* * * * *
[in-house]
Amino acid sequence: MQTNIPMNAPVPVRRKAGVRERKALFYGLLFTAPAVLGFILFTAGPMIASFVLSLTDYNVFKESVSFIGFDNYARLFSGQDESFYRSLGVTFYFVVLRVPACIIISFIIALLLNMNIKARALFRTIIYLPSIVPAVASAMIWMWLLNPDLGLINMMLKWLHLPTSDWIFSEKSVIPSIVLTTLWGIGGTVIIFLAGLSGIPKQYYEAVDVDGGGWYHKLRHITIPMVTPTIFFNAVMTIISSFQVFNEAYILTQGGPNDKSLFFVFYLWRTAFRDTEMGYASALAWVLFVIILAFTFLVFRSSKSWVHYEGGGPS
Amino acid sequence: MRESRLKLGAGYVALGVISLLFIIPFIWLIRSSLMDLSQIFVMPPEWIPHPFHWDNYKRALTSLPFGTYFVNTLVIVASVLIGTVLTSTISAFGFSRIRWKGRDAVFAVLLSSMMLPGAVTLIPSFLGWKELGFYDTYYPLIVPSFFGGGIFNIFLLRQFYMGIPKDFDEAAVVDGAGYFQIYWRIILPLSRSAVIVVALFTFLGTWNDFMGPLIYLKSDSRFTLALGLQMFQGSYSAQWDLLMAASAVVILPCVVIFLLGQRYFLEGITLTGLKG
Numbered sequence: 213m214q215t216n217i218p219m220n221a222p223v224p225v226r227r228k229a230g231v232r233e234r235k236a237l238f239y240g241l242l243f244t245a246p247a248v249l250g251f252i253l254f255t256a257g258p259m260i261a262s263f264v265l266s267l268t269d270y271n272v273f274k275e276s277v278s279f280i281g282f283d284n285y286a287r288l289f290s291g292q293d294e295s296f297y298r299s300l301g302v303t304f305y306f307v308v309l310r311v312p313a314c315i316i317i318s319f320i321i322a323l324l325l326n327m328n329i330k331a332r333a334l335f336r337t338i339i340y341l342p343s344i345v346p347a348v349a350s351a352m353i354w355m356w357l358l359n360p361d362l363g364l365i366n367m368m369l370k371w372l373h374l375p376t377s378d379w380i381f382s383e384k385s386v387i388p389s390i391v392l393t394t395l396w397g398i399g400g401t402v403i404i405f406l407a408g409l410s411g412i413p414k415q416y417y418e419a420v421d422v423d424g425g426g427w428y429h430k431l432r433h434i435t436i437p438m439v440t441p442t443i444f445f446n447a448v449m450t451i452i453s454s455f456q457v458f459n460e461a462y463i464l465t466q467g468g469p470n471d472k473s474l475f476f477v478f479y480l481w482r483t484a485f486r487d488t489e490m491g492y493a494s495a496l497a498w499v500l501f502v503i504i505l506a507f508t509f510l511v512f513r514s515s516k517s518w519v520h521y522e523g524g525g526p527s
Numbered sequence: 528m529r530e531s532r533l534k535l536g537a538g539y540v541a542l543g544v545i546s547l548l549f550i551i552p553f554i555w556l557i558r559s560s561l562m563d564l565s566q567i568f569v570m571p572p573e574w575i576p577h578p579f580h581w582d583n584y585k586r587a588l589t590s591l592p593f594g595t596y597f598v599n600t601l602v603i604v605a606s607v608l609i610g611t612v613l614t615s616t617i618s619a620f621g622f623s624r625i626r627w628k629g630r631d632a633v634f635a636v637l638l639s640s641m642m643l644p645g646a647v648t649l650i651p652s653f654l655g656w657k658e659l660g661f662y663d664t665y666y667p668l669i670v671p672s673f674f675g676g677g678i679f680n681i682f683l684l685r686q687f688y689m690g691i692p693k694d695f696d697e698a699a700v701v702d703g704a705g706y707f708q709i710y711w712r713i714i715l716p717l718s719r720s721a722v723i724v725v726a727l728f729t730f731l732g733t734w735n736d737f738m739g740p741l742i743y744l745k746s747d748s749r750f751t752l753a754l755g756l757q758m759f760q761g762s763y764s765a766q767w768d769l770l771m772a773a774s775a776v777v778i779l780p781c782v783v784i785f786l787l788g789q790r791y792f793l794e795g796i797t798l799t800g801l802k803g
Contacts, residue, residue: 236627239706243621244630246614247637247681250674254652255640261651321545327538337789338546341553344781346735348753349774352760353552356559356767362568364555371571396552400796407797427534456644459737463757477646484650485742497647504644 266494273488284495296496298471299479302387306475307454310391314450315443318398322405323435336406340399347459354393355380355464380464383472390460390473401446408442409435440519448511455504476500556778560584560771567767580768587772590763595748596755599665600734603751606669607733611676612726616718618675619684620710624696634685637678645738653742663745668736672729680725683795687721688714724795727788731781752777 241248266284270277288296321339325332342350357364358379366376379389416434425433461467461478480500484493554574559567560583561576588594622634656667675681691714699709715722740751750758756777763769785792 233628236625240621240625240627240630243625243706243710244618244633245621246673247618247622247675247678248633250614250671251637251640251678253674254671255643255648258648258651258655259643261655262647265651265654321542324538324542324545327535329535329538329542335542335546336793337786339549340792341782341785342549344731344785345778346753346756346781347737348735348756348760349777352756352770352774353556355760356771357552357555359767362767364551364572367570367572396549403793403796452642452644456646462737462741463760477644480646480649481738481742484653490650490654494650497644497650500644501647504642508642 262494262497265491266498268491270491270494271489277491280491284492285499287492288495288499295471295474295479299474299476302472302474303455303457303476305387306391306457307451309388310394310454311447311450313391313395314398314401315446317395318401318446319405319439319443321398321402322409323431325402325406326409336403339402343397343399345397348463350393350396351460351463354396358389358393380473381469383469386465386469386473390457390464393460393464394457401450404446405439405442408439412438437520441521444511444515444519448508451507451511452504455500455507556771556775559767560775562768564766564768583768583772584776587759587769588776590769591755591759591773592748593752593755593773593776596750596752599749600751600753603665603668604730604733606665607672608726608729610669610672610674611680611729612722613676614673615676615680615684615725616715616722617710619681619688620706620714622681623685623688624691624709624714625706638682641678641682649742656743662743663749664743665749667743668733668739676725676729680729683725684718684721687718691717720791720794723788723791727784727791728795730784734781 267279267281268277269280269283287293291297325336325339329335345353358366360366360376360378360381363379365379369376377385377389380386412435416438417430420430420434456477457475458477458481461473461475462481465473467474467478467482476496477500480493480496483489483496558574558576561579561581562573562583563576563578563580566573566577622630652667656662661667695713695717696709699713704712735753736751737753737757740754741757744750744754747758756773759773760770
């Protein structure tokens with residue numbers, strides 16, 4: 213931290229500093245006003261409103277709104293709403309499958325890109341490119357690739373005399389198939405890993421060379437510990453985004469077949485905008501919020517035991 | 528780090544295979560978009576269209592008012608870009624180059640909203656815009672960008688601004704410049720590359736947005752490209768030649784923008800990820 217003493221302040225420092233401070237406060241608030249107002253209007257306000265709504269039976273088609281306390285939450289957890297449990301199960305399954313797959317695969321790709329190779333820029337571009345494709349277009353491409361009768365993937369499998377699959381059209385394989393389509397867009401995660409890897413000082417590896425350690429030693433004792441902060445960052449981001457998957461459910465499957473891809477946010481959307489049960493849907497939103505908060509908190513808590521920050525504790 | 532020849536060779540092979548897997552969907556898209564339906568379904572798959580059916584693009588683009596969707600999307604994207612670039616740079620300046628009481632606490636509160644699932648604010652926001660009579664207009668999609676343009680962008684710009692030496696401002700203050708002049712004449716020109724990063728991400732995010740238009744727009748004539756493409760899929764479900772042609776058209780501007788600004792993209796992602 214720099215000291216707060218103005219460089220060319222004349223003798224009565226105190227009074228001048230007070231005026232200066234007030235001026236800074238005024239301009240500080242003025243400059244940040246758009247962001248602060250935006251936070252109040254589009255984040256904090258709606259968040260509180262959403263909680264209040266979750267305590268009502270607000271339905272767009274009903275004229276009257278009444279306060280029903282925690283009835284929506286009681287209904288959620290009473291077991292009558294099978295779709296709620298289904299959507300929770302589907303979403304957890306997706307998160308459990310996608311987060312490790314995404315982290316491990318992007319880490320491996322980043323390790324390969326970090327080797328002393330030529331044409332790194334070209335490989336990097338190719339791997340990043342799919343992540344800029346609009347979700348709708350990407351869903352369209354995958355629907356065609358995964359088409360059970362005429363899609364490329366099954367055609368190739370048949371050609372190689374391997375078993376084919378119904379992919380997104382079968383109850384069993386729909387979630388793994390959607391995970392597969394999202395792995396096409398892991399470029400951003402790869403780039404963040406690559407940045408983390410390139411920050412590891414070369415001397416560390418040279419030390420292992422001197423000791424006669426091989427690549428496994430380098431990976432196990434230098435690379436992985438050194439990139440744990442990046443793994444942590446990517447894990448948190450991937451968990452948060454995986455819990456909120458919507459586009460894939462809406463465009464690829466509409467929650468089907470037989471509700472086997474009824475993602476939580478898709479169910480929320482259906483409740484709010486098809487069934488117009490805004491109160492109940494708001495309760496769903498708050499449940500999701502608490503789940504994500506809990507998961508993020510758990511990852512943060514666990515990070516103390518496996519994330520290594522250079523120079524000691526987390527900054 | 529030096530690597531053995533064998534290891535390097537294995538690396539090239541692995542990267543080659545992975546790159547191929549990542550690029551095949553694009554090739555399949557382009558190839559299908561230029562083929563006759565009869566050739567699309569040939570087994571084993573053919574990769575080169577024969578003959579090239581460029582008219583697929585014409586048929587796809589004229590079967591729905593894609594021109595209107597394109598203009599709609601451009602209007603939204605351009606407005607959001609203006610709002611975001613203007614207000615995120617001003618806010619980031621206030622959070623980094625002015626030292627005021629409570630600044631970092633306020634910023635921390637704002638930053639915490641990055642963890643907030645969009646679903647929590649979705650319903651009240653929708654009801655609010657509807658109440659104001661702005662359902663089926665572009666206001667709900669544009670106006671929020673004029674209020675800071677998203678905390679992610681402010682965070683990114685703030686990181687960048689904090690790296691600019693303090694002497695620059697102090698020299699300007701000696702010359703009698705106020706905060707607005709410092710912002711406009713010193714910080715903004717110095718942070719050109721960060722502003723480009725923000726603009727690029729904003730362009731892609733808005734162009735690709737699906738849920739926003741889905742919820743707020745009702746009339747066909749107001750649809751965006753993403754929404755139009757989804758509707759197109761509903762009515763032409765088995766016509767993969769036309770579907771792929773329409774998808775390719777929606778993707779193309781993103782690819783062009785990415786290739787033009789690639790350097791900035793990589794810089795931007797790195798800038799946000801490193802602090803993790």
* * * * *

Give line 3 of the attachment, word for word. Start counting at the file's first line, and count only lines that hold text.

Amino acid sequence: MRESRLKLGAGYVALGVISLLFIIPFIWLIRSSLMDLSQIFVMPPEWIPHPFHWDNYKRALTSLPFGTYFVNTLVIVASVLIGTVLTSTISAFGFSRIRWKGRDAVFAVLLSSMMLPGAVTLIPSFLGWKELGFYDTYYPLIVPSFFGGGIFNIFLLRQFYMGIPKDFDEAAVVDGAGYFQIYWRIILPLSRSAVIVVALFTFLGTWNDFMGPLIYLKSDSRFTLALGLQMFQGSYSAQWDLLMAASAVVILPCVVIFLLGQRYFLEGITLTGLKG